10 Bad Habits That Keep You From Running The Rack

Written by David Sapolis

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Article Index
10 Bad Habits That Keep You
     From Running The Rack
(page 1)
Bad Habit #2 and #3 (page 2)
Bad Habit #4, #5 and #6 (page 3)
Bad Habit #7 thru #10 (page 4)

Bad Habit #4: Flashy position routes.

This is probably the most common among novice and intermediate players. Some players enjoy having the cue ball travel from rail to rail with more english than is required. Please understand that there is a such thing as doing too much with the cue ball. The rule is "do whatever is the simplest". If you can get position by using one rail, use one rail, not two or three. We're at the table to win games, not to impress the railbirds. If you want to impress the railbirds, learn some trick shots. Nine ball is a game that is played best when it is played in it's simplest form.

Bad Habit #5: Indecisiveness.

This is a killer. This is a mental flaw that is brought upon by not having the balls roll your way. We become timid and duck instead of going for a shot. We lose confidence in our ability to make sound decisions, and the wires become crossed during mid-match. Pool is a game that is based on the players making sound decisions and utilizing good judgement. Take away the player's decision making abilities and his good judgement and he'll look like a deer in the headlights.

Have you ever heard the expression, "He's playing over his head" or "He's playing out of his head"? There is a such thing as "playing out of your head. Shooting the object ball into the pocket is a task external from your mind. By that, I mean that the task is external, and the thoughts that complete the action are internal. The internal thoughts are the motor functions that are necessary to complete the task, such as looking at the cue ball, looking at the object ball, lining up the shot, getting down in your stance, placing the shaft of your cue in your bridge hand, gripping the butt of the cue, performing your practice strokes, having your tip contact the cue ball, your follow through, watching the cue ball make contact with the object ball, watching the object ball reach its destination, and standing up straight to prepare for the next shot. I don't think any of us need to meticulously prepare to execute any of those tasks, as by now they should be second nature to you. Many of us do concentrate on these tasks while we are choking. Let me explain.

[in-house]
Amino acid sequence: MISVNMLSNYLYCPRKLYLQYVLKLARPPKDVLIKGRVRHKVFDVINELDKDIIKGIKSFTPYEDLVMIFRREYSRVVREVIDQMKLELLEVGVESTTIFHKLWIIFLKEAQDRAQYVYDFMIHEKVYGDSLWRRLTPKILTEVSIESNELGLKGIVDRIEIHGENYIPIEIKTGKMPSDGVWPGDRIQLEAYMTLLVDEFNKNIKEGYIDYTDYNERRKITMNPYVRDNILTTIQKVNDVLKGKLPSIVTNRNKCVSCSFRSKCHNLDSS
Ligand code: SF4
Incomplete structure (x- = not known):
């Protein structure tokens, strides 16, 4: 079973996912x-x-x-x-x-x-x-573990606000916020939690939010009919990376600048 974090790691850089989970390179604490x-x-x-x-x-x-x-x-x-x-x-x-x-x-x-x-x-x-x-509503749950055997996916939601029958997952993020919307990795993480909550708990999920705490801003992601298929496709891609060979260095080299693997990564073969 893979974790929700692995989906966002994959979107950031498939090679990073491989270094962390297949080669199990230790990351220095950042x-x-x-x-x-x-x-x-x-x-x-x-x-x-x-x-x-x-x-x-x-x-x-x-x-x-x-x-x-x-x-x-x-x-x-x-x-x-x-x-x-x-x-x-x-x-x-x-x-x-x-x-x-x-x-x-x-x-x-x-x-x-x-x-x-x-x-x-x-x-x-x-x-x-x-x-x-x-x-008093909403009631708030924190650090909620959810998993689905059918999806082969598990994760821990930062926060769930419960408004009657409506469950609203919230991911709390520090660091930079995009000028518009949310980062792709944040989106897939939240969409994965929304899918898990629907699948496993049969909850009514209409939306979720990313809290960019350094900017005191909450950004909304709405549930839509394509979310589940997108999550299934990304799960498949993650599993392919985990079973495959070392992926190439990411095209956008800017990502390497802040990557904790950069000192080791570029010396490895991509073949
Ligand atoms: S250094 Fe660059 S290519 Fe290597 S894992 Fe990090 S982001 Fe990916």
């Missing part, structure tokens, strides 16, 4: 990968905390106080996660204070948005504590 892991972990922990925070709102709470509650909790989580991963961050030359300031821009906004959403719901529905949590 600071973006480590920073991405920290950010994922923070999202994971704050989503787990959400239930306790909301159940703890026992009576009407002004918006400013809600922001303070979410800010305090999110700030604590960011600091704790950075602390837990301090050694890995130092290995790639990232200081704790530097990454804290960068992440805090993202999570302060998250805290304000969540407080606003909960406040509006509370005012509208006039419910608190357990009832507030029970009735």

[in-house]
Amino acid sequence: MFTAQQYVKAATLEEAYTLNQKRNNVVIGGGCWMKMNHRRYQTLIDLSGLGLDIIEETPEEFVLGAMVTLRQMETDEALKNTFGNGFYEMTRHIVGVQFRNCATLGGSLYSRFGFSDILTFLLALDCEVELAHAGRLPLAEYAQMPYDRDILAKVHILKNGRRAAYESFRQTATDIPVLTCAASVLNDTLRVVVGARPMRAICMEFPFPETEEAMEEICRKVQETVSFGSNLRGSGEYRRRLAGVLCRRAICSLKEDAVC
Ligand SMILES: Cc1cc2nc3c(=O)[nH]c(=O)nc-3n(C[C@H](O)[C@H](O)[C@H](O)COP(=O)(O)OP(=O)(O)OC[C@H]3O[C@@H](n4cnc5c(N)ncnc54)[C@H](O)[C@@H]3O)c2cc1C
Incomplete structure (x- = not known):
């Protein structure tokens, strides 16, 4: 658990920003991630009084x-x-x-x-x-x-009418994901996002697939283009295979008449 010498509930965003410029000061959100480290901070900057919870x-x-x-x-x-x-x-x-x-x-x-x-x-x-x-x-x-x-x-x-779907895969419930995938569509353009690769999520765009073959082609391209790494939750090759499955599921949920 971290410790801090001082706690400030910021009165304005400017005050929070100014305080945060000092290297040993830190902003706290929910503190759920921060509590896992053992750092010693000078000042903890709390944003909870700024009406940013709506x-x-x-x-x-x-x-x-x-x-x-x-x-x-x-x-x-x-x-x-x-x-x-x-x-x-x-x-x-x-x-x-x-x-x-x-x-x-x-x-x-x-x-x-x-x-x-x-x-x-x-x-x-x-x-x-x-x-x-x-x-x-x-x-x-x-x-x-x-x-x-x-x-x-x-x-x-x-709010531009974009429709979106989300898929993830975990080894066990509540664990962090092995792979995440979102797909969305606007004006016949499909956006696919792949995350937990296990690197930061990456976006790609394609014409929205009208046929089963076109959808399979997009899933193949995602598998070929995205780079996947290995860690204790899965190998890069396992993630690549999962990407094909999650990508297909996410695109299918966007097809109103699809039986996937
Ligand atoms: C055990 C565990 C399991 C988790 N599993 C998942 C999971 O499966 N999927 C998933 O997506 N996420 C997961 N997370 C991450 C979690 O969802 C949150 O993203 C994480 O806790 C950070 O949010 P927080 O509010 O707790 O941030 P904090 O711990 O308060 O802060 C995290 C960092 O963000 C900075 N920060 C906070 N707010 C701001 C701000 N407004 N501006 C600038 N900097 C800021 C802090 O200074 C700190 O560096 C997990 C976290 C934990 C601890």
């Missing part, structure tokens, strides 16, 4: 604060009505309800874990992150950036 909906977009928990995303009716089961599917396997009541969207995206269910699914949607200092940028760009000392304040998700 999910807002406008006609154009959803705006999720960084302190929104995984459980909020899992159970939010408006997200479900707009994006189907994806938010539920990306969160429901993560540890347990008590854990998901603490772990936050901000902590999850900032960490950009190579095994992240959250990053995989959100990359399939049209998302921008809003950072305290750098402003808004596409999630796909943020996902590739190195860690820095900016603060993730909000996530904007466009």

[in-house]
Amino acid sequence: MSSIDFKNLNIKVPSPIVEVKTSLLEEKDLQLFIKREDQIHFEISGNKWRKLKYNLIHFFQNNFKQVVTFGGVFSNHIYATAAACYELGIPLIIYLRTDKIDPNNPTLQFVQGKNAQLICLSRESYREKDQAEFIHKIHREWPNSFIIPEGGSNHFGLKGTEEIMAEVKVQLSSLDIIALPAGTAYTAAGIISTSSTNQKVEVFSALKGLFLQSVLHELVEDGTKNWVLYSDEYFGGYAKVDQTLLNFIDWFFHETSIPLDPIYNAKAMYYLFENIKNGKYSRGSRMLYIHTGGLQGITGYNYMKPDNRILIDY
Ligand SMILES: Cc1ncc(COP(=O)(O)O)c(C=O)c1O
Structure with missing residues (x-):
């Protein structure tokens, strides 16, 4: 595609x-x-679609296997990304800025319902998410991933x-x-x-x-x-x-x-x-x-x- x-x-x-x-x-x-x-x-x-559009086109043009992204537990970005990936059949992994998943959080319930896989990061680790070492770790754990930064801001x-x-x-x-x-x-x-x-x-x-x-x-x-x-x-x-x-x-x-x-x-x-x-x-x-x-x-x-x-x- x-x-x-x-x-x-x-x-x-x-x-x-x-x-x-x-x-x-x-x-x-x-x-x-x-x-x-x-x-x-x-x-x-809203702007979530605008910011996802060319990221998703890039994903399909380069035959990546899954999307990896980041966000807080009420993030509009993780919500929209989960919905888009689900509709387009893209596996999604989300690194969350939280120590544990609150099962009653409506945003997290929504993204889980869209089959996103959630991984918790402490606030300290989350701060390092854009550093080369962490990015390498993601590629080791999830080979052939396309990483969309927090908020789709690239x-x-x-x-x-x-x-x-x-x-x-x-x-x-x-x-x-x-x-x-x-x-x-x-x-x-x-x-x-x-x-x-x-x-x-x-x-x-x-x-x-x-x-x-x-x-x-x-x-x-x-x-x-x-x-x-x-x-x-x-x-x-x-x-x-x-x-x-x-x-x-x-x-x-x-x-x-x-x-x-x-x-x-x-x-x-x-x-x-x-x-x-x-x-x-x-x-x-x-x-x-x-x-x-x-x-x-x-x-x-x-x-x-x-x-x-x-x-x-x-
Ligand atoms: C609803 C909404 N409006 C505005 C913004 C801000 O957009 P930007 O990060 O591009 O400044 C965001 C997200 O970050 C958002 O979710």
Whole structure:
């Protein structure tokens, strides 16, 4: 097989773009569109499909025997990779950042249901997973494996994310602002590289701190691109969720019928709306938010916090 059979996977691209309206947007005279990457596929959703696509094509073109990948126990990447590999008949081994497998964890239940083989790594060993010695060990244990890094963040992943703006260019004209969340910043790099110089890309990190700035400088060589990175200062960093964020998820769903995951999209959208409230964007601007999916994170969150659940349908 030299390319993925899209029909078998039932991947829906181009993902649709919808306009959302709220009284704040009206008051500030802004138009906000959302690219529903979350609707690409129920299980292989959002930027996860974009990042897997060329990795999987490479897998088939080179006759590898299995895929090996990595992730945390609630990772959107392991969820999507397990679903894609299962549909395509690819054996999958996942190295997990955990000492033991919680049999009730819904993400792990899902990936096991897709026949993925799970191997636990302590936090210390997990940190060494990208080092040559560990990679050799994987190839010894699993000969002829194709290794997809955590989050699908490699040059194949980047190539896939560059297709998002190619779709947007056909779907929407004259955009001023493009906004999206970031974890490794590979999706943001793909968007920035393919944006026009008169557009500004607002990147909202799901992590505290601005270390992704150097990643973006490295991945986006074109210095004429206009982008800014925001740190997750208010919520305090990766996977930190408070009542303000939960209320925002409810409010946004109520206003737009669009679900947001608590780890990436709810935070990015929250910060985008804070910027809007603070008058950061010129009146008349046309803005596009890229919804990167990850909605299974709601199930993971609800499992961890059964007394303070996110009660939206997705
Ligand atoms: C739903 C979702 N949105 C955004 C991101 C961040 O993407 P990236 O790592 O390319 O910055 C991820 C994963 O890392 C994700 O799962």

Many of us become indecisive by "second guessing" our decisions. What we should strive for is having all of our decisions made before we get into our shooting stance. All of our planning should be done before we bend over the shot. If we are planning our position routes or our shot options while down in our shooting stance, we are a big underdog. Plan, then execute. Get out of your mind. On the same token, learn to recognize your opponent's indecisiveness. The deer in the headlights look goes both ways. Nothing shakes a pool player's confidence more than the sinking feeling of despair and bewilderment. Recognize this and go for the jugular.

Bad Habit #6: Rushing through the rack.

Though shooting quickly is quite intimidating, it opens the door for many things to go wrong. The first thing to go is our ability to SEE the table. We are so busy shooting the balls in at light speed that we forget to read the rack properly, or we completely eliminate or condense our pre-shot routine. The most common habit is not staying down on the shot. We open the door to carelessness and eventually make a tiny error on a simple shot that we should have made.

There is no advantage to rushing through the rack. This habit brings forth carelessness. If you need this explained any further, all I can say is, "a rushed job is certaintly not the best job that could have been done".

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About The Author: Blackjack David Sapolis played professional pool for 20 years in The United States, Canada, Europe, and Asia.

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